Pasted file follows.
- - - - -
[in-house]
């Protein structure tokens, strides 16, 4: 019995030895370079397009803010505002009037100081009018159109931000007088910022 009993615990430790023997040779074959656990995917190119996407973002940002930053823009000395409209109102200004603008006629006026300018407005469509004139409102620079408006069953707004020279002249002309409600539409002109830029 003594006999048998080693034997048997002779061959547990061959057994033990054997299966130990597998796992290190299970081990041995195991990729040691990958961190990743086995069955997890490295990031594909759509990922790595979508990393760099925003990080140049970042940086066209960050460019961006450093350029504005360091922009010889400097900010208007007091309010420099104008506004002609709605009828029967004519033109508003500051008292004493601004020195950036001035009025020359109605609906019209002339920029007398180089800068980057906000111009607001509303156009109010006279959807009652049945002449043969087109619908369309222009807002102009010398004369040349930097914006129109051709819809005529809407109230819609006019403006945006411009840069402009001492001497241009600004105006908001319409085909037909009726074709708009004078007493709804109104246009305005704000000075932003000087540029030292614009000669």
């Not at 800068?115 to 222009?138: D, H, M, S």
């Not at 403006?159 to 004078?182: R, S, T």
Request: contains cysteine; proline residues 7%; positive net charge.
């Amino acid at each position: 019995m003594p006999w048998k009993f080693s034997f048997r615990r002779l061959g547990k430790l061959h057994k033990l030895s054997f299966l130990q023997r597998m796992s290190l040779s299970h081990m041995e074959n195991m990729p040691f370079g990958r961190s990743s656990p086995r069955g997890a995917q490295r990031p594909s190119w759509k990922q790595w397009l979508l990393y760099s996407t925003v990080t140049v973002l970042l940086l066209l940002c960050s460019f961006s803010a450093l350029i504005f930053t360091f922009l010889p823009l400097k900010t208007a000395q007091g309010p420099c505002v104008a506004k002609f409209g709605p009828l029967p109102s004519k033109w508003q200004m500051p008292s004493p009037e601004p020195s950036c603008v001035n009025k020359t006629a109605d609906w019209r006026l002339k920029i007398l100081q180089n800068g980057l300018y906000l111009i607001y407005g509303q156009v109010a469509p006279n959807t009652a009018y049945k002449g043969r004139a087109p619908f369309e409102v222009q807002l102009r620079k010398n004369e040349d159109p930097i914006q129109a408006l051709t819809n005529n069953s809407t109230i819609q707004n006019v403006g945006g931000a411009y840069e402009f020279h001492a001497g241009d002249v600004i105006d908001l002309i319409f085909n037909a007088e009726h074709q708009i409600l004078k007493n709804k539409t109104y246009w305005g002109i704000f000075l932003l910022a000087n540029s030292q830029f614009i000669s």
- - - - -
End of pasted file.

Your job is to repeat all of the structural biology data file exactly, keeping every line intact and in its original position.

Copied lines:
[in-house]
């Protein structure tokens, strides 16, 4: 019995030895370079397009803010505002009037100081009018159109931000007088910022 009993615990430790023997040779074959656990995917190119996407973002940002930053823009000395409209109102200004603008006629006026300018407005469509004139409102620079408006069953707004020279002249002309409600539409002109830029 003594006999048998080693034997048997002779061959547990061959057994033990054997299966130990597998796992290190299970081990041995195991990729040691990958961190990743086995069955997890490295990031594909759509990922790595979508990393760099925003990080140049970042940086066209960050460019961006450093350029504005360091922009010889400097900010208007007091309010420099104008506004002609709605009828029967004519033109508003500051008292004493601004020195950036001035009025020359109605609906019209002339920029007398180089800068980057906000111009607001509303156009109010006279959807009652049945002449043969087109619908369309222009807002102009010398004369040349930097914006129109051709819809005529809407109230819609006019403006945006411009840069402009001492001497241009600004105006908001319409085909037909009726074709708009004078007493709804109104246009305005704000000075932003000087540029030292614009000669």
């Not at 800068?115 to 222009?138: D, H, M, S």
């Not at 403006?159 to 004078?182: R, S, T």
Request: contains cysteine; proline residues 7%; positive net charge.
């Amino acid at each position: 019995m003594p006999w048998k009993f080693s034997f048997r615990r002779l061959g547990k430790l061959h057994k033990l030895s054997f299966l130990q023997r597998m796992s290190l040779s299970h081990m041995e074959n195991m990729p040691f370079g990958r961190s990743s656990p086995r069955g997890a995917q490295r990031p594909s190119w759509k990922q790595w397009l979508l990393y760099s996407t925003v990080t140049v973002l970042l940086l066209l940002c960050s460019f961006s803010a450093l350029i504005f930053t360091f922009l010889p823009l400097k900010t208007a000395q007091g309010p420099c505002v104008a506004k002609f409209g709605p009828l029967p109102s004519k033109w508003q200004m500051p008292s004493p009037e601004p020195s950036c603008v001035n009025k020359t006629a109605d609906w019209r006026l002339k920029i007398l100081q180089n800068g980057l300018y906000l111009i607001y407005g509303q156009v109010a469509p006279n959807t009652a009018y049945k002449g043969r004139a087109p619908f369309e409102v222009q807002l102009r620079k010398n004369e040349d159109p930097i914006q129109a408006l051709t819809n005529n069953s809407t109230i819609q707004n006019v403006g945006g931000a411009y840069e402009f020279h001492a001497g241009d002249v600004i105006d908001l002309i319409f085909n037909a007088e009726h074709q708009i409600l004078k007493n709804k539409t109104y246009w305005g002109i704000f000075l932003l910022a000087n540029s030292q830029f614009i000669s």